Transit agencies in California operating buses and shuttles are well positioned to benefit by electrifying their fleets:
Also, by transitioning to electric vehicles, transit fleets can eliminate tailpipe emissions and exposure to fumes for both drivers and passengers. That helps create healthier, cleaner communities and working environments.
Learn how transit agencies can take advantage of PG&E's EV Fleet program. For more details about the EV Fleet program, visit our main program page.
Learn how our program helps transit fleets easily and cost effectively install charging infrastructure.
EVs have the potential to offer fleets lower total cost of ownership (TCO) compared to diesel vehicles.
Earn revenue with electric vehicles and California's Low Carbon Fuel Standard (LCFS) program.
Stack incentives to buy down the cost of electric vehicles. We've compiled a list of funding opportunities.
Do the electric vehicles that I need for my shuttle bus fleet exist? Check out this summary of vehicles.
Learn how SJRTD pioneered their electric bus system to positive results.
With set, return-to-base routes and fixed charging locations, transit agencies operating in California are well positioned to benefit from electrifying their fleet. Gains can include reduced operating costs, fewer instances of unscheduled maintenance and lower maintenance expenses. Plus, battery electric vehicles produce no tailpipe emissions so they eliminate exposure to the harmful diesel emissions and toxic fumes that diesel-fueled transit buses produce.
Additionally, transit fleets can take advantage of the growing number of electric bus offerings available from leading OEMs. By electrifying their fleet, transit agencies can get ahead of looming zero emission regulations such as California’s ICT Rule and demonstrate leadership by aligning with California’s climate goals.
The California Air Resources Board’s (CARB’s) Innovative Clean Transit (ICT) mandate calls for all California transit buses to be zero emission by 2040. Beginning in 2029, all new bus purchases by transit agencies must be zero-emission, including agencies that own, operate, or lease buses with a gross vehicle weight rating greater than 14,000 lbs. With a combination of state and local grants, as well as partnerships with utilities including PG&E, transit fleets can make the transition to electric vehicles smoother and more cost-effective.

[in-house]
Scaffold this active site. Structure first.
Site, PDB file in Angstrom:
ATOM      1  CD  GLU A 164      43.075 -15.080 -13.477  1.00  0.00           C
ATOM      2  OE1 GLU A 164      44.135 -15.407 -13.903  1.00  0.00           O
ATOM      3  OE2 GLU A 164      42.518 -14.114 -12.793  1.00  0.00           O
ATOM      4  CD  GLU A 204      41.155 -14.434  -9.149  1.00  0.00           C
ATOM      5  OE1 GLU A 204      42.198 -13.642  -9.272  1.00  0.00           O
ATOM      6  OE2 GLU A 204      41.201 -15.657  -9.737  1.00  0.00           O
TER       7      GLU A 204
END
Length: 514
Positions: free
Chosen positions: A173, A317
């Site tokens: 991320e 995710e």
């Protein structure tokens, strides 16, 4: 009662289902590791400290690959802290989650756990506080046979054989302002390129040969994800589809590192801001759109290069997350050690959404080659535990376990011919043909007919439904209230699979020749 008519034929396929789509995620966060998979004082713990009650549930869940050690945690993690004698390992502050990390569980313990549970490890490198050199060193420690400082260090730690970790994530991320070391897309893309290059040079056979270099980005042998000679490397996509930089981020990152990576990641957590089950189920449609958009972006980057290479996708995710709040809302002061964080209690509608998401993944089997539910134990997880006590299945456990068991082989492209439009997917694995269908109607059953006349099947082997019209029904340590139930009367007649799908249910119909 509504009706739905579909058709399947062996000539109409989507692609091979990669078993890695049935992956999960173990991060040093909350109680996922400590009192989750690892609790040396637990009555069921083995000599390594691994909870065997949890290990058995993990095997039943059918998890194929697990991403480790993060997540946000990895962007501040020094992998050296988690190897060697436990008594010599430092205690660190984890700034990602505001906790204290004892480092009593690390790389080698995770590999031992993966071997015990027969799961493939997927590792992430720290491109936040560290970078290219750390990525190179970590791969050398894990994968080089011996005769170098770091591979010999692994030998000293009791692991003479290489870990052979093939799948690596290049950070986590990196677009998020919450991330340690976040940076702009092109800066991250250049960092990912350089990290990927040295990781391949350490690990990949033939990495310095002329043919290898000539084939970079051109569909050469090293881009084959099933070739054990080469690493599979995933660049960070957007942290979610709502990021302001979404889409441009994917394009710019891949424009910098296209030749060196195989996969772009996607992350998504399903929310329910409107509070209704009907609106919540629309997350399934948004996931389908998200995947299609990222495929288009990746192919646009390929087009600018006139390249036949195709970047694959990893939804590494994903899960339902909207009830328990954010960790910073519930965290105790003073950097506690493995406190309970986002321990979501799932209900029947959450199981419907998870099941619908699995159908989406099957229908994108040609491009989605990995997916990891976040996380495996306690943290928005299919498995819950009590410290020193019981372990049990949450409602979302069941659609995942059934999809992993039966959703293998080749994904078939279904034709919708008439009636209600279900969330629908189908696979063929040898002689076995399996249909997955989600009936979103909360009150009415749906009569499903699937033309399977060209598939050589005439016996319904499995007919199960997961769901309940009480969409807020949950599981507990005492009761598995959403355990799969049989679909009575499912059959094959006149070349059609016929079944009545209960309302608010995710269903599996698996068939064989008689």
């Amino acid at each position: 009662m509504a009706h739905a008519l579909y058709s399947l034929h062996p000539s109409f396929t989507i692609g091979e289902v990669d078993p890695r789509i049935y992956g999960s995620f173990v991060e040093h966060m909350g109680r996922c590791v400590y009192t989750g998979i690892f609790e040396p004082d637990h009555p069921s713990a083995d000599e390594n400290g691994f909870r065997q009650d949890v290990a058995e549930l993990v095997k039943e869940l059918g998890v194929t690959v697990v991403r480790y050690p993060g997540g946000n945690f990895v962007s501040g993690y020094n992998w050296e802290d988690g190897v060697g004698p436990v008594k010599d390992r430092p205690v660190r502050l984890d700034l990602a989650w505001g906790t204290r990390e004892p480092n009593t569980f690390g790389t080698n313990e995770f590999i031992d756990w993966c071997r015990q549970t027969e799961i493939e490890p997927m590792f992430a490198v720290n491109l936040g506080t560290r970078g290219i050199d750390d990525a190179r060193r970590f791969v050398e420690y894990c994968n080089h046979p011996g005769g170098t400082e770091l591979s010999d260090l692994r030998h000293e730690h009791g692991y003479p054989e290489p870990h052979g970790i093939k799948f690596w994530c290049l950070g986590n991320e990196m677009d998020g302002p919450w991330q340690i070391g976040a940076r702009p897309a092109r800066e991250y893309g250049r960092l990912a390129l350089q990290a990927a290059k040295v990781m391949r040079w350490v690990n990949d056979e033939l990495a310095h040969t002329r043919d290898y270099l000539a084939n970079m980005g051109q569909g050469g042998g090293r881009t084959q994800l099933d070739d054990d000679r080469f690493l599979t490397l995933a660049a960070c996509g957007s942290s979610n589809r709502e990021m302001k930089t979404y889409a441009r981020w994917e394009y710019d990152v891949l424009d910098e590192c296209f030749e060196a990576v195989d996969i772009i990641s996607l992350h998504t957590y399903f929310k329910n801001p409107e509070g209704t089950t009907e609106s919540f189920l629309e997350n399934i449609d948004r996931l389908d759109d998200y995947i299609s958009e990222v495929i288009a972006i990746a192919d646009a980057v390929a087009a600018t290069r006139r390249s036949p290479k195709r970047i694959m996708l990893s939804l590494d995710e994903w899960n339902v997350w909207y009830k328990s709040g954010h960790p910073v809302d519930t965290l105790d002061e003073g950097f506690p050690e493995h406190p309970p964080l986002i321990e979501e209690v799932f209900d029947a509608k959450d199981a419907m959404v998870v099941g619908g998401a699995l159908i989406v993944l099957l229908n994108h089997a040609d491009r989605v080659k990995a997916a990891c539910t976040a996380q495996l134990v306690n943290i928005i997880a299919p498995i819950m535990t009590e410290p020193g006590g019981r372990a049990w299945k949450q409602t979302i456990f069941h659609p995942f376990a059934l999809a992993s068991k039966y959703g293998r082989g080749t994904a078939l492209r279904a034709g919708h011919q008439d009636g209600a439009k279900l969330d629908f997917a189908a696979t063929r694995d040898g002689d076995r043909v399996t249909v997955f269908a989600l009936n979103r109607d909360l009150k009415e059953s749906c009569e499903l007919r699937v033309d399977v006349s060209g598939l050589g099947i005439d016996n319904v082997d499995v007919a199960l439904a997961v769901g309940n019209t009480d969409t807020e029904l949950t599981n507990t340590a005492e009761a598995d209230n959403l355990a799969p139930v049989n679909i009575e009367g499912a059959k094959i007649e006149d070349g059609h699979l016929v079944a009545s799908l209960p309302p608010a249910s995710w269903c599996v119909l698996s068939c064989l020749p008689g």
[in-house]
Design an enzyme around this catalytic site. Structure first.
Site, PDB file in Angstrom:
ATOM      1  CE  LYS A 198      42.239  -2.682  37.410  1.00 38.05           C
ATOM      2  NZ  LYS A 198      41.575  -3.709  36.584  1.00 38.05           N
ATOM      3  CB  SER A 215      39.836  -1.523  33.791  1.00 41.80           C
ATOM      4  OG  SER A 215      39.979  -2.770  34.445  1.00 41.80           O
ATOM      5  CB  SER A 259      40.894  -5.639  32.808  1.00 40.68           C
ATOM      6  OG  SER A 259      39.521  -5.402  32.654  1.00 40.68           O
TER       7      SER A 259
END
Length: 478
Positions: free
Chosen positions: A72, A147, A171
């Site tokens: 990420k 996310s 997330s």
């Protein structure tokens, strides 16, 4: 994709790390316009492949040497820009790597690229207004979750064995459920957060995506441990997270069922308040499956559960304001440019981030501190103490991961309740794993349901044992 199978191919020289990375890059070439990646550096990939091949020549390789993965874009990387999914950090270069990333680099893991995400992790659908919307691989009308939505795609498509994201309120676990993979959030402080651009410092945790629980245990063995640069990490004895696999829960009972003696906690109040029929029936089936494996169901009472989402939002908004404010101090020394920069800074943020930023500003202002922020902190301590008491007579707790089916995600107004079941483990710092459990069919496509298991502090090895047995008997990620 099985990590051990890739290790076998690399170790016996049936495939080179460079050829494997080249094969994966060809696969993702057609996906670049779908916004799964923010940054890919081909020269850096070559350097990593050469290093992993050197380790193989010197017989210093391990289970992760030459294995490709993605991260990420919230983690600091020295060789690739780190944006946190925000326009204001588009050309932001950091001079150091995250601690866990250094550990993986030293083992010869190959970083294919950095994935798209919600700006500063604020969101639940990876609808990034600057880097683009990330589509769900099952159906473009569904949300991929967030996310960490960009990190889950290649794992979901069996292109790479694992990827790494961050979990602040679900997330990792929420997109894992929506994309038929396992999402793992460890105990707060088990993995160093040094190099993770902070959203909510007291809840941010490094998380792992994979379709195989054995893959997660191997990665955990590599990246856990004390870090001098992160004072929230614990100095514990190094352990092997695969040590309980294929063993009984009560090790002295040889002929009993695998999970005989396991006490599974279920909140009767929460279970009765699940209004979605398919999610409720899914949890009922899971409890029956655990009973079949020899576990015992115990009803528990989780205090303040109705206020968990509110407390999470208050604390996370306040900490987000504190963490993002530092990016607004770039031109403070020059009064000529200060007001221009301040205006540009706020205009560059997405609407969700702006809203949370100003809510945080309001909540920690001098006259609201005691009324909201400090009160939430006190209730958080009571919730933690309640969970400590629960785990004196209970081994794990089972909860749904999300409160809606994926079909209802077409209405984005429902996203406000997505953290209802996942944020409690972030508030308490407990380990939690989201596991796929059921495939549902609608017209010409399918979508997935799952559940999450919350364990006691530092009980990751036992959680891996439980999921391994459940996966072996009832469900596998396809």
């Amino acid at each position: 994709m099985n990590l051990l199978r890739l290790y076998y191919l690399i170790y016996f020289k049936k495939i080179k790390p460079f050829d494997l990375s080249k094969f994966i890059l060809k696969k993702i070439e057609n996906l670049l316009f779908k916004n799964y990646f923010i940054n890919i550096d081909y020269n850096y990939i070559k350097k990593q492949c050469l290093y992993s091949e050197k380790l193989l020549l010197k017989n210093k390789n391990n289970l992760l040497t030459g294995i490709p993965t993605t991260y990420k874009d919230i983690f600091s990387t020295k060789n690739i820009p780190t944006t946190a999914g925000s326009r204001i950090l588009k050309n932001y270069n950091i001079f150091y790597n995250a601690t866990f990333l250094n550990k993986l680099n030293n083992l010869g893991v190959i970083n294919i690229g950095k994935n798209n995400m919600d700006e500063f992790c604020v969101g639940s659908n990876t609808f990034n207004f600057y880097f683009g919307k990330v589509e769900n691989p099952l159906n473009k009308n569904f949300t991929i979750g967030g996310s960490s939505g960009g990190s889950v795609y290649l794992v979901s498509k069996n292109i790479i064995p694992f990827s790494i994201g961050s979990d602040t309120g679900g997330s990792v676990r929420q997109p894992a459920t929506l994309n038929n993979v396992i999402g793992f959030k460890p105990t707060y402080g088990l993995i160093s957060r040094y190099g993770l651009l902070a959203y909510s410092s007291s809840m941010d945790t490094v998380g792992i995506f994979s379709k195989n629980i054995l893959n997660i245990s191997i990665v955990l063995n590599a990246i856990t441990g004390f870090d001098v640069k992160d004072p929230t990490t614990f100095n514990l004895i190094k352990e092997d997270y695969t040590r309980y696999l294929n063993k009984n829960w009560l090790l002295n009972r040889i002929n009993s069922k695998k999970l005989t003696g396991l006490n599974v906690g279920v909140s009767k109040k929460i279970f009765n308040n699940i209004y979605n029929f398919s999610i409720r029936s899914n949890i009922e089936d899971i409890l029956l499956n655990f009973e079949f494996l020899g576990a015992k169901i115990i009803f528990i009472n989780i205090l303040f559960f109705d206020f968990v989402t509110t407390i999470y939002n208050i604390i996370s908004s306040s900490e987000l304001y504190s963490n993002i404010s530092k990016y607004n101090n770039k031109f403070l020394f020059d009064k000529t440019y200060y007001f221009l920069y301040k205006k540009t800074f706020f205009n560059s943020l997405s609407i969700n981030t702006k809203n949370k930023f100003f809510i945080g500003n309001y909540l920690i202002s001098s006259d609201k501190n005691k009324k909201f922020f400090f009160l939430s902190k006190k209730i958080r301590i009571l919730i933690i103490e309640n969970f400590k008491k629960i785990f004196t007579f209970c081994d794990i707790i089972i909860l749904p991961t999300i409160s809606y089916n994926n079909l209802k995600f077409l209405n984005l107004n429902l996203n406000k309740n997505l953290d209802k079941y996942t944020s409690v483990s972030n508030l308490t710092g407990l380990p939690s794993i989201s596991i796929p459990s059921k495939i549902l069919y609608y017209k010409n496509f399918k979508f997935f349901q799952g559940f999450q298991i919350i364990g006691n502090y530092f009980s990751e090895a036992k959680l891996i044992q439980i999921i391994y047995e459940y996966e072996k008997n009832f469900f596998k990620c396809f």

Transit fleets can take advantage of incentives available for both infrastructure and EV chargers.
Infrastructure incentives: A transit fleet can save between $4,000 and $9,000 in incentives per electric, up to 25 vehicles. A few examples include:
A large electric transit bus is eligible for an incentive up to $9,000.
A mid-sized electric shuttle bus is eligible for an incentive up to $4,000.
Charger rebates: Transit fleets are eligible for rebates up to 50% of the cost of an EV charger. The total amount will depend on power output of the charger.
Up to 50 kW is eligible for a rebate up to $15,000 per charger.
50.1 kW to 150 kW is eligible for a rebate up to $25,000 per charger.
150.1 kW and above is eligible for a rebate up to $42,000 per charger.
Fleets can select from a variety of EV charger configurations to fit their charging needs. See our approved product list, hosted by Southern California Edison – visit approved product list.
Yes, several state incentive and rebate programs can be stacked with EV Fleet. PG&E is closely coordinating with state and regional funding programs including the California Air Resources Board, California Energy Commission, and Bay Area Air Quality Management District, and others to help best co-fund the project.
For additional incentives available for transit fleets, download the summary of incentives.